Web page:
Over the last two weeks, a wave of student protests have swept over South Africa. The spark was a hike in tuition fees, which many students are already unable to afford. The deeper causes have to do with a fragile economy, gloomy job prospects, and the slow pace of transforming South African universities (and society) away from the culture of apartheid and colonialism.
The protests promise to be one of the most important political milestones in recent South African history. The video below, from Africa Is a Country, is the easily best primer on the protests that I've seen.
After mass protests at the University of Witwatersrand, in Johannesburg, the movement spread to the universities Cape Town, Stellenbosch, and Rhodes. Students took to the streets, and likewise demanded that #FeesMustFall -- that is, the tuition hike must be stopped. Many other universities followed suit and on October 21st there was a national shutdown. Since the protests began, police have used rubber bullets, stun grenades, pepper spray, and tear gas against peaceful protesters.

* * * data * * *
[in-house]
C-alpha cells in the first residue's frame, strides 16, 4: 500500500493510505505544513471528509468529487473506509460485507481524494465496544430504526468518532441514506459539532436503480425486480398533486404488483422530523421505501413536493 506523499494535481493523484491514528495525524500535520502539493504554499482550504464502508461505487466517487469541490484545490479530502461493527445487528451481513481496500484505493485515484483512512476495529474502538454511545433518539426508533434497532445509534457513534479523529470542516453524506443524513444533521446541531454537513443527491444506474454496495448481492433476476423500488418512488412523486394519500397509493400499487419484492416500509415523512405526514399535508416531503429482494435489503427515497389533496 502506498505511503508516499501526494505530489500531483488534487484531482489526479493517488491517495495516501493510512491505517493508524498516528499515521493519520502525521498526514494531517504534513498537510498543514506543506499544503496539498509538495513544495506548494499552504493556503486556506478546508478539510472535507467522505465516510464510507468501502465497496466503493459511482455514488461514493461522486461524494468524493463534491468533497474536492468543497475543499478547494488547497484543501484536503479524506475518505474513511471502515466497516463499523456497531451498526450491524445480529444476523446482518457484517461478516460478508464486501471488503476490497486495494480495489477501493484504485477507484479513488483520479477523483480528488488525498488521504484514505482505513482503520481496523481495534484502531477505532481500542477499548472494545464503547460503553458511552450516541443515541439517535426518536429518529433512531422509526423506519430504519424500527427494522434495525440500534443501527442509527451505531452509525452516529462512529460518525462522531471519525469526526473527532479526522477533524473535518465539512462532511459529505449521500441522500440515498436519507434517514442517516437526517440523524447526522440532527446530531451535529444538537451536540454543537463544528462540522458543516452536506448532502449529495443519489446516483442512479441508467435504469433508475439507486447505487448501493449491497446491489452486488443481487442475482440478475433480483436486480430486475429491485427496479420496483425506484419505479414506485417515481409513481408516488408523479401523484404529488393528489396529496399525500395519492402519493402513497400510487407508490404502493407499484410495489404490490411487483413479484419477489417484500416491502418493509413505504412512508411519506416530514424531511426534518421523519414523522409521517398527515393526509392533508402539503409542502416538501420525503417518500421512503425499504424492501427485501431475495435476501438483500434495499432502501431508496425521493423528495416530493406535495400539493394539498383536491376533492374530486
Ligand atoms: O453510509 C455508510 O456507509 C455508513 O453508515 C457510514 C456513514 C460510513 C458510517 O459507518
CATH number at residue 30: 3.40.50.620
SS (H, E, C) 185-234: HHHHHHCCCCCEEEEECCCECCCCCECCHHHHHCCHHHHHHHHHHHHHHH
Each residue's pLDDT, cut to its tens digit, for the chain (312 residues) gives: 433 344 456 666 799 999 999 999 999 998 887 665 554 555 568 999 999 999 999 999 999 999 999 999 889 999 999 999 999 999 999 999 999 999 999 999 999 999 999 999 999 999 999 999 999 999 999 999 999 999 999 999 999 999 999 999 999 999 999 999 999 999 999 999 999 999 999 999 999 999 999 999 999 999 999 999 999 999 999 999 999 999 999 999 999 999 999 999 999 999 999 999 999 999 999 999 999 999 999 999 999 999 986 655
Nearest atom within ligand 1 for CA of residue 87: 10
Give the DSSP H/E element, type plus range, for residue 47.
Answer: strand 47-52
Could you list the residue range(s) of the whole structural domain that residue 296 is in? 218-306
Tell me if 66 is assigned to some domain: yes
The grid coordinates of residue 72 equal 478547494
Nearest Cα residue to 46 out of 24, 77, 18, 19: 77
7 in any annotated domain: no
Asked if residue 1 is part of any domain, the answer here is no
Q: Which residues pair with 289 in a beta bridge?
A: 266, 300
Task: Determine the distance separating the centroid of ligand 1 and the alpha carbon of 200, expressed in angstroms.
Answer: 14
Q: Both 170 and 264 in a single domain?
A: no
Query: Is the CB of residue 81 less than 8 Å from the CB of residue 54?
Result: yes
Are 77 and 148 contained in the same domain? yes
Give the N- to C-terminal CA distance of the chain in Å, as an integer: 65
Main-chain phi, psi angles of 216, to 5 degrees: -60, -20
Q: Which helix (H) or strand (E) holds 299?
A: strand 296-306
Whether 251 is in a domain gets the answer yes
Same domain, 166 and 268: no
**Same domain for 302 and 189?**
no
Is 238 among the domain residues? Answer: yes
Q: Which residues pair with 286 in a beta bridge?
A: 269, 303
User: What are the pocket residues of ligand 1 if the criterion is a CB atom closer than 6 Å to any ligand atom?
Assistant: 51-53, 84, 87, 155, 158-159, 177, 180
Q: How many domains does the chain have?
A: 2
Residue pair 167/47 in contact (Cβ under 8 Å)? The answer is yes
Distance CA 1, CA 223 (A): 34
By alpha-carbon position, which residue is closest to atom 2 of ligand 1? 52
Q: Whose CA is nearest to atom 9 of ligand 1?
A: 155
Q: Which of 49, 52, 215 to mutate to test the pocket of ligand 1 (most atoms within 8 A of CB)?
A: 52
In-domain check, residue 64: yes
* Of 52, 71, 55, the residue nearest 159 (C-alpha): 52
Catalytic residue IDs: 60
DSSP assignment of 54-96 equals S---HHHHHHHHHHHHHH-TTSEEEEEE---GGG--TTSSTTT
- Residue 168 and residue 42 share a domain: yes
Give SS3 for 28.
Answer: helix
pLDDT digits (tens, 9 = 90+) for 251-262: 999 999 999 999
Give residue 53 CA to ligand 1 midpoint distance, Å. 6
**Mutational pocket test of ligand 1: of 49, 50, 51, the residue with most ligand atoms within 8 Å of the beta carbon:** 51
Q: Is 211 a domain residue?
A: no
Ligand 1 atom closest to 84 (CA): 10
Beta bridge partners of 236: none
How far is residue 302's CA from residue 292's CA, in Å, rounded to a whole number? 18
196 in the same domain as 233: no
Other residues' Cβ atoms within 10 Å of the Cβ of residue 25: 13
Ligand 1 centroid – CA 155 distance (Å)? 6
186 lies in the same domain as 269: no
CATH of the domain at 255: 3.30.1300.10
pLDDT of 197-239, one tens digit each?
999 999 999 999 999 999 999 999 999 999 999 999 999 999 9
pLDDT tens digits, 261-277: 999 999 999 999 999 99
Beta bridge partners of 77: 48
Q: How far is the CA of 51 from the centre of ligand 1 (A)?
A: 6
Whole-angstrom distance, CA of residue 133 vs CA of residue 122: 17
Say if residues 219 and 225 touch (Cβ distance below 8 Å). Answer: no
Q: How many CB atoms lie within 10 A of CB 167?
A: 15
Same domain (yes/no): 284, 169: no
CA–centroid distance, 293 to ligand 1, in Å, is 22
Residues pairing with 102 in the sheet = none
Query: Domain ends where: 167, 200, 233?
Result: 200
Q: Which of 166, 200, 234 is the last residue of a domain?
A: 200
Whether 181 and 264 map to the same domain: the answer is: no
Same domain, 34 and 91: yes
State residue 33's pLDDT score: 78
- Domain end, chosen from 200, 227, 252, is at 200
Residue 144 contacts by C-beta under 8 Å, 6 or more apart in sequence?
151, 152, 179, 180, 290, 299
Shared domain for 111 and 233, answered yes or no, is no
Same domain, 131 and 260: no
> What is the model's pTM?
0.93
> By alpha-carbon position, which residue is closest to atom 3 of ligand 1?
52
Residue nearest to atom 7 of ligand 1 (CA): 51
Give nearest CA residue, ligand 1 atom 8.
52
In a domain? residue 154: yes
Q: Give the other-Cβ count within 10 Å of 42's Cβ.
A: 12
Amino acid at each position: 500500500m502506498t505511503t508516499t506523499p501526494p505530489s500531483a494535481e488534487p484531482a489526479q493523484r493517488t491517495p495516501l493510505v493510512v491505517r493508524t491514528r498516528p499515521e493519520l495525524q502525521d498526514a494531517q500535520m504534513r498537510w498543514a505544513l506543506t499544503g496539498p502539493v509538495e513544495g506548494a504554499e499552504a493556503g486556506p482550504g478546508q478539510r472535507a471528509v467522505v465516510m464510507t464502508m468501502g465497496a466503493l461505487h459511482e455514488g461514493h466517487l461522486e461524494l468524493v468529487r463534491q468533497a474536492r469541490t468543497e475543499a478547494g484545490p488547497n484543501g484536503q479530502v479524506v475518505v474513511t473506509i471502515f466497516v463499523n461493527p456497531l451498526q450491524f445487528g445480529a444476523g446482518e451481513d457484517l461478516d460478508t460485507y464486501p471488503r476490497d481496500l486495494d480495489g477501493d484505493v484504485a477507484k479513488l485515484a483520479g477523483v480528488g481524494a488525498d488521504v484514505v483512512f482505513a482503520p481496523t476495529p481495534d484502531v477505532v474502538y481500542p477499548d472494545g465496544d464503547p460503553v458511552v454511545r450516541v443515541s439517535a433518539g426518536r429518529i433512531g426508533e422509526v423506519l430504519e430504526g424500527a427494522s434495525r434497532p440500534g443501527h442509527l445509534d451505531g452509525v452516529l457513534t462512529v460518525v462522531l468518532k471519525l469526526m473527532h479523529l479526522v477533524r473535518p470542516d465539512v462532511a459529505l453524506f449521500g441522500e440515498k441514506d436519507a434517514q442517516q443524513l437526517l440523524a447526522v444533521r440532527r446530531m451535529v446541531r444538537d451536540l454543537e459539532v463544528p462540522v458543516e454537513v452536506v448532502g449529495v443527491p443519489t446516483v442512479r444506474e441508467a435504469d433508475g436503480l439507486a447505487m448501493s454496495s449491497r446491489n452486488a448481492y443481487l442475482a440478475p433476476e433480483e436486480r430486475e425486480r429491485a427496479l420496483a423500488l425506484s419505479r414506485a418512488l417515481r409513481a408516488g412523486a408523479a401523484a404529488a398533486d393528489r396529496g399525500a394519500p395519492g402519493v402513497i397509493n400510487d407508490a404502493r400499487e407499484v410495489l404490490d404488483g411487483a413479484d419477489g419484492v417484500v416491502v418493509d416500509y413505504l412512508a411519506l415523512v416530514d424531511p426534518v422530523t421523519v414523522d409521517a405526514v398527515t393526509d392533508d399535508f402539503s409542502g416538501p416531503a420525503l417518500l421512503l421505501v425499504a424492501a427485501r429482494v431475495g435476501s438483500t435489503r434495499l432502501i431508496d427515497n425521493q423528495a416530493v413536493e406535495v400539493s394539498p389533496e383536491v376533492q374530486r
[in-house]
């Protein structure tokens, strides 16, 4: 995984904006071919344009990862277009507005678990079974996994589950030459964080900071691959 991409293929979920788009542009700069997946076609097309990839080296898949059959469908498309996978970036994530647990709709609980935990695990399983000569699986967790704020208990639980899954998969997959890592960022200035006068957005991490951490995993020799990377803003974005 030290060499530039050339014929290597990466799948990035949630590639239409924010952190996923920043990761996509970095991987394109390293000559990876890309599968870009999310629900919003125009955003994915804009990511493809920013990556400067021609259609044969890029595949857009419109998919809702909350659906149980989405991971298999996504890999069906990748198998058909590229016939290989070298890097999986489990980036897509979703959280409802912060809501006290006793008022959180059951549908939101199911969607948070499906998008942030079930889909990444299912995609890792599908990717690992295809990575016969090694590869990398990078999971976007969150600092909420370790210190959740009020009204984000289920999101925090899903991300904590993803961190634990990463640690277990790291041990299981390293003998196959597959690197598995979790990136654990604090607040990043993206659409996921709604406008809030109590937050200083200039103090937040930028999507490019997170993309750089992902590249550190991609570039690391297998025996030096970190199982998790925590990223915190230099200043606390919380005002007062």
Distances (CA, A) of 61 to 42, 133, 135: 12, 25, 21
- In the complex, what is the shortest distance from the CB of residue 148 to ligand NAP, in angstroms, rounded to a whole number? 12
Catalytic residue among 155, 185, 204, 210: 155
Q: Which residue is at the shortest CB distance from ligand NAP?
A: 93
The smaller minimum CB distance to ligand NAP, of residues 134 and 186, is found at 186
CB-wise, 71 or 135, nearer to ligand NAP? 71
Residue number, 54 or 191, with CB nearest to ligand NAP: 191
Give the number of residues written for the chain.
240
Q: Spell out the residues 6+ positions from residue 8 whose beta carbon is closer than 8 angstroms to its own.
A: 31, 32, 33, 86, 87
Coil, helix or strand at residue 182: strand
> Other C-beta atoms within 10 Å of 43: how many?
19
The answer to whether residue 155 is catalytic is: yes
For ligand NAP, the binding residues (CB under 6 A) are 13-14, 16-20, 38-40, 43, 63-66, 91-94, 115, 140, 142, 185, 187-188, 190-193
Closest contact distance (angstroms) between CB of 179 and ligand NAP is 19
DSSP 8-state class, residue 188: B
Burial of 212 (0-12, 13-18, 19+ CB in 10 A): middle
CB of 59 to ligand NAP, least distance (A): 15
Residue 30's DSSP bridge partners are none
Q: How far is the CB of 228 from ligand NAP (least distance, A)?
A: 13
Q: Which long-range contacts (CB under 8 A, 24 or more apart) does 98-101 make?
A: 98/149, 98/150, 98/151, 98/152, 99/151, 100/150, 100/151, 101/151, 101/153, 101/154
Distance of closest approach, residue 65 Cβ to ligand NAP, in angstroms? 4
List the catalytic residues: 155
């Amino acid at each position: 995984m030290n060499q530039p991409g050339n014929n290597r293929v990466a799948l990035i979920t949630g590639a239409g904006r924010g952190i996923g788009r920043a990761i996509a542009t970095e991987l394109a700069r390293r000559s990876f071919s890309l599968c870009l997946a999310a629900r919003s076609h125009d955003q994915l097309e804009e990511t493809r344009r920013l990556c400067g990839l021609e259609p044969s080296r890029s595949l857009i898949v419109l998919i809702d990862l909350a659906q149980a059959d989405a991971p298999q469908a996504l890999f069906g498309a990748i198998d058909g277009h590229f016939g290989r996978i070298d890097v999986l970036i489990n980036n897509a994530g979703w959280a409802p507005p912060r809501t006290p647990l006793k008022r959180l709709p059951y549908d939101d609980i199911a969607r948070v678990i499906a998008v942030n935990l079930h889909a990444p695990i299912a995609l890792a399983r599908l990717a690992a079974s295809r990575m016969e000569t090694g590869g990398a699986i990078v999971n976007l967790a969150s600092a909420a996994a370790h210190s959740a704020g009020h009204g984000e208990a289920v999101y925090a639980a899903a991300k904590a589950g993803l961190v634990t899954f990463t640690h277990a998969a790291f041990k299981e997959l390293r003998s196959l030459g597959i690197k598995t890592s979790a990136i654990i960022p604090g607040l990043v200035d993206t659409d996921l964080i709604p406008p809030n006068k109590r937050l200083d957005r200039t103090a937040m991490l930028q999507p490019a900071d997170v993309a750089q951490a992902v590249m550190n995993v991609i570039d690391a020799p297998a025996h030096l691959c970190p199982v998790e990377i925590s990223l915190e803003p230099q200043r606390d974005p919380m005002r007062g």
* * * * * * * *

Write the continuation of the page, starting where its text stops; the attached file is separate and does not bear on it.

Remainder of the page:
The Daily Vox has done an excellent job of covering the protests at ground level. Its sympathies are with the students. The Daily Maverick is a good place to find both analysis and breaking news about the protests.
As Greg Nicolson points out in this Daily Maverick story, the universities are still closed, and confusion reigns.